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HTC Vive– Photo: A visitor tried an HTC Vive virtual reality headset at the Computex exhibition in Taipei this month. The V.R. experience, which can feel overwhelming, does not allow for multitasking or for the modern world’s easy interplay of the real and the digital. Tyrone Siu / Reuters

This is going to sound like the tech-nerd version of one of those first-person People magazine essays about surviving adversity: You don’t appreciate how much you need to see your hands until you can’t.

Your hands – they’re always there. Even in the most immersive of media experiences — an IMAX movie or the hypnotic reverie of a darkened opera house — your sense of where your hands are is an ever-present comfort. Because you can see your hands, you can reach for the popcorn without knocking it over. Because your eyes aren’t locked on the screen, you can check your phone to make sure your babysitter hasn’t texted with an emergency.

But then you don virtual reality goggles, and your hands disappear. So does the rest of the world around you. You are bereft, and it is very, very unsettling.

This sounds obvious: The whole point of virtual reality is to create a fantasy divorced from the physical world. You’re escaping the dreary mortal coil for a completely simulated experience: There you are, climbing the side of a mountain, exploring a faraway museum, flying through space or getting in bed with someone way out of your league.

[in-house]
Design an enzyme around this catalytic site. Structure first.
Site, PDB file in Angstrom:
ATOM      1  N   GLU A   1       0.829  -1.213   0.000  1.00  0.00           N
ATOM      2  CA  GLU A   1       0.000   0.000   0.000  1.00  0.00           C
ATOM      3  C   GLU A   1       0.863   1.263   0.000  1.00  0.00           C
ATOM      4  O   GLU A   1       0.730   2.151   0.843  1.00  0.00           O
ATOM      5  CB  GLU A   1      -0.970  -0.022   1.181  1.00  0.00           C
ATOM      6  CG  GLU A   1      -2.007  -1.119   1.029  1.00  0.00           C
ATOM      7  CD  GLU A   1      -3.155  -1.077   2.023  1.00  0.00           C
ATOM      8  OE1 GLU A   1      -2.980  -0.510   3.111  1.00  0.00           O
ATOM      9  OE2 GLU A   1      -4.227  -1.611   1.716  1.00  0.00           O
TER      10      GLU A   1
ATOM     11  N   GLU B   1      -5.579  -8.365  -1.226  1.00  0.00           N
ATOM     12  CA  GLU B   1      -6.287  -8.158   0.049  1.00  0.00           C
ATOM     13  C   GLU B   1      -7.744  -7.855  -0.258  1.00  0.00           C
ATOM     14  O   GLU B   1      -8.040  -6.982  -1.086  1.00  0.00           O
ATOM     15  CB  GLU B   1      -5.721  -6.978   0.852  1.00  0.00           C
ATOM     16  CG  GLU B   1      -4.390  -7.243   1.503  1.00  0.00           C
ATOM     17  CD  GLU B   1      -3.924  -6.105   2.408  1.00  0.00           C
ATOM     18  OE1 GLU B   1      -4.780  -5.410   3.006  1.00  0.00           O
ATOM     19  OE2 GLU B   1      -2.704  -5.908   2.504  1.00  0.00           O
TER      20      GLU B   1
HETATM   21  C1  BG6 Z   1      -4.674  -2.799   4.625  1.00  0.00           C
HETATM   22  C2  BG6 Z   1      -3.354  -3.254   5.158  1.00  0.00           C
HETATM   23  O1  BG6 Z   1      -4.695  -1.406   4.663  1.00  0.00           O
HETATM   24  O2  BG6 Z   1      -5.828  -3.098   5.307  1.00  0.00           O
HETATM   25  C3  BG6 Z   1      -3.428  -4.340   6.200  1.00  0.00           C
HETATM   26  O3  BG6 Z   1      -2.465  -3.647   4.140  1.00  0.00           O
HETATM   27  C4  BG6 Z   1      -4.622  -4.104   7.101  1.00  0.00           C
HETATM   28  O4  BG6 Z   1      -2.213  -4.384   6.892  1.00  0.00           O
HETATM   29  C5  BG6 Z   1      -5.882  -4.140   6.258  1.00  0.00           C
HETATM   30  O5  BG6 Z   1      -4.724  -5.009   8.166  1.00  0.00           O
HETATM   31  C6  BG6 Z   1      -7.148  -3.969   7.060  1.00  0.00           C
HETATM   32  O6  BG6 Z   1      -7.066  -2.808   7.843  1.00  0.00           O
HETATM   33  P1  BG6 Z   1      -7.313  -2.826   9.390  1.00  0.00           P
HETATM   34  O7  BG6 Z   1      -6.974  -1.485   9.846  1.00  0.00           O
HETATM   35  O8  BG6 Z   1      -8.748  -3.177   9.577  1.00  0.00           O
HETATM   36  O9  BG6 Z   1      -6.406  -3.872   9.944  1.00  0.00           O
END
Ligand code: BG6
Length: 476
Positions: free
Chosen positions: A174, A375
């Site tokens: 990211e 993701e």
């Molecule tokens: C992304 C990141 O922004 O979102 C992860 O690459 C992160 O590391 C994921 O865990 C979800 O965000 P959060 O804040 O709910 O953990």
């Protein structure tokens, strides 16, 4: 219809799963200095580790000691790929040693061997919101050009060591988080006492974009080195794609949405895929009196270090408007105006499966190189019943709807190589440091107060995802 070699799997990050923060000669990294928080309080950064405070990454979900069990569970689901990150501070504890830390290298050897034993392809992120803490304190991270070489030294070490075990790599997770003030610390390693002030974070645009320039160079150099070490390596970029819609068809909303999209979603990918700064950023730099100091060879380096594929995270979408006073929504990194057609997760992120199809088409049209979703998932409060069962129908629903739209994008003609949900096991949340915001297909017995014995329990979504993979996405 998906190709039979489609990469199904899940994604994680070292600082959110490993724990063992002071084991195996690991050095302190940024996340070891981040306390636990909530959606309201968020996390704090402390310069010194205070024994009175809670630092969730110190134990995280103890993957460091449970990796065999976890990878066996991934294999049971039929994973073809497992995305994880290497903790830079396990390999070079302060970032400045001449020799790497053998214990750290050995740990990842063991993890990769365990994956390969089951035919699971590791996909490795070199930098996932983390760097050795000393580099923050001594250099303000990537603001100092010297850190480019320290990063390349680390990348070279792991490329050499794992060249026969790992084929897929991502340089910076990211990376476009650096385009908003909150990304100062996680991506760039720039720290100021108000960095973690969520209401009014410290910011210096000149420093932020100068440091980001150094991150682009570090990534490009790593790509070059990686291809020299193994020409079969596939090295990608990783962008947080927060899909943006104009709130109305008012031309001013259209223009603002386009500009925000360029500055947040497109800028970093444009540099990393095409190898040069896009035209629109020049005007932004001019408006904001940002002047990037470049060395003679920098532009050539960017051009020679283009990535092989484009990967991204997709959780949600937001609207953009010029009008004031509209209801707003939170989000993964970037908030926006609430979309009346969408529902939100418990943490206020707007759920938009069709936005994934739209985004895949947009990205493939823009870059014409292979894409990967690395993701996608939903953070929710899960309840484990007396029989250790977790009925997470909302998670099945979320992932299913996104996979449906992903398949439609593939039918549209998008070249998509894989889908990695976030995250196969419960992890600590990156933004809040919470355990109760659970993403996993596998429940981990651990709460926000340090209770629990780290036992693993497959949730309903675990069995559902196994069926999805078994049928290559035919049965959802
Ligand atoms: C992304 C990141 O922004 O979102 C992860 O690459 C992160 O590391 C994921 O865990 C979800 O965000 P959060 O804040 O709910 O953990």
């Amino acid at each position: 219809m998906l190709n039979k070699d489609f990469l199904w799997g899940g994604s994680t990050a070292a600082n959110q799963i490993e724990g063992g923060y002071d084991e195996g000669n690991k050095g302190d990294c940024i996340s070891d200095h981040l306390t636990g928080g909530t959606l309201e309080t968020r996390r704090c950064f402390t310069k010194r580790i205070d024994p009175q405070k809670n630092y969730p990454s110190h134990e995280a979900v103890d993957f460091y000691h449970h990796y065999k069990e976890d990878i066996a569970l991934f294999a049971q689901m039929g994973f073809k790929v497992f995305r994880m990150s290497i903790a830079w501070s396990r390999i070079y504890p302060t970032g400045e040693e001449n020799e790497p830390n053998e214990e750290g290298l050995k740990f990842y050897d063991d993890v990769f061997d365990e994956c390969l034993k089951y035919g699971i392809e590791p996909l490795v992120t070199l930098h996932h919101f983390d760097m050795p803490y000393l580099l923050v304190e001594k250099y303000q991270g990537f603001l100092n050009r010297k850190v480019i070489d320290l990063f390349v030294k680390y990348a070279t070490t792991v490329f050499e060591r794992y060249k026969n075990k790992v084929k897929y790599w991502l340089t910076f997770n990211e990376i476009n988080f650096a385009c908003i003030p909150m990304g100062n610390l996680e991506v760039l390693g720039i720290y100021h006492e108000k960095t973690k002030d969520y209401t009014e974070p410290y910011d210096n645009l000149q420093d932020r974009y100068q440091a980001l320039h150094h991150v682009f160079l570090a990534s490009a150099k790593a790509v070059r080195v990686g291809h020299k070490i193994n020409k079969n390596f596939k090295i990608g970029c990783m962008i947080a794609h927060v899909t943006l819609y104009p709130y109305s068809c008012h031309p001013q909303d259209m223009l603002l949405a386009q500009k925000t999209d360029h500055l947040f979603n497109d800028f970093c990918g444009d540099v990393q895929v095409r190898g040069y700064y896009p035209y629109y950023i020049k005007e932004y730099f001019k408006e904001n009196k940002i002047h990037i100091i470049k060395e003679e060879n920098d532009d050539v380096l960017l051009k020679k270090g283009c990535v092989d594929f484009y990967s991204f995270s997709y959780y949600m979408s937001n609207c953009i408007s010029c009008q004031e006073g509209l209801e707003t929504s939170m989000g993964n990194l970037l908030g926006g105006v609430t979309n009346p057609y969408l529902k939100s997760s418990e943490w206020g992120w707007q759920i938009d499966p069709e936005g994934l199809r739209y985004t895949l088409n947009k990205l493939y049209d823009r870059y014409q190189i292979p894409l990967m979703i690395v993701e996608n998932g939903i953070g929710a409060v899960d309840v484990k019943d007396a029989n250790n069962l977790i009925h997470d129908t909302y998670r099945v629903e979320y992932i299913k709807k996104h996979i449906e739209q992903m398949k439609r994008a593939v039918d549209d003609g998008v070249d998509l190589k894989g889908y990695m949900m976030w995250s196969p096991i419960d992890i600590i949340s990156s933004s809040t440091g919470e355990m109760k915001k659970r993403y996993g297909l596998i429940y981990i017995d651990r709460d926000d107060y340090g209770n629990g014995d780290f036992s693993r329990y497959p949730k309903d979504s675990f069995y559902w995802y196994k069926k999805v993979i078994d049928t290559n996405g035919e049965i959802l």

But in many ways, the simulation is too immersive. After spending a few weeks with two of the most powerful V.R. devices now on the market, the Oculus Rift and the HTC Vive. I suspect that V.R. will be used by the masses.. I’m not sure we’re ready to fit virtual reality into our lives, no matter how excited Silicon Valley is about it.

Getting completely submerged in a simulation is good for things like games, but for most media total immersion feels like a strangely old-fashioned experience. Because it leaves your body helplessly stuck in the physical world while your mind wanders, V.R. doesn’t fit with the way most people work at a computer, watch TV or encounter many other digital experiences.

Virtual reality is the opposite of a smartphone, a device that offers you quick hits of the digital world as you go about in the real world. Instead, V.R. is at this point an experience best left for the privacy of one’s cave — a lonely, sometimes antisocial affair that does not allow for multitasking, for distraction or for the modern world’s easy interplay of the real and the digital.

“I’m a real proponent of being careful how we use it, because immersion is not free,” said Jeremy Bailenson, the director of Stanford’s Virtual Human Interaction Lab, a research center for virtual reality experiences. “Immersion comes at a cost. It takes you out of your environment, it’s perceptually taxing at times, and it’s not something that we can use the way we use other media, for hours and hours and hours a day.”

Part of the problem is that the technology still isn’t good enough. People at Oculus, the V.R. start-up that Facebook purchased for $2 billion in 2014, compare their Rift headset to the Apple II personal computer — one of the earliest incarnations of a device that would change the world.

The Apple II went on sale in 1977, but a couple of decades would pass before personal computers became ubiquitous. The earliest PCs were also very expensive (the Apple II sold for what would be about $5,000 today) and V.R. is no different. The Rift sells for $599, and the Vive goes for $799; both require a powerful desktop computer that will set you back at least $1,000.

Both companies are working to solve some of the issues with V.R.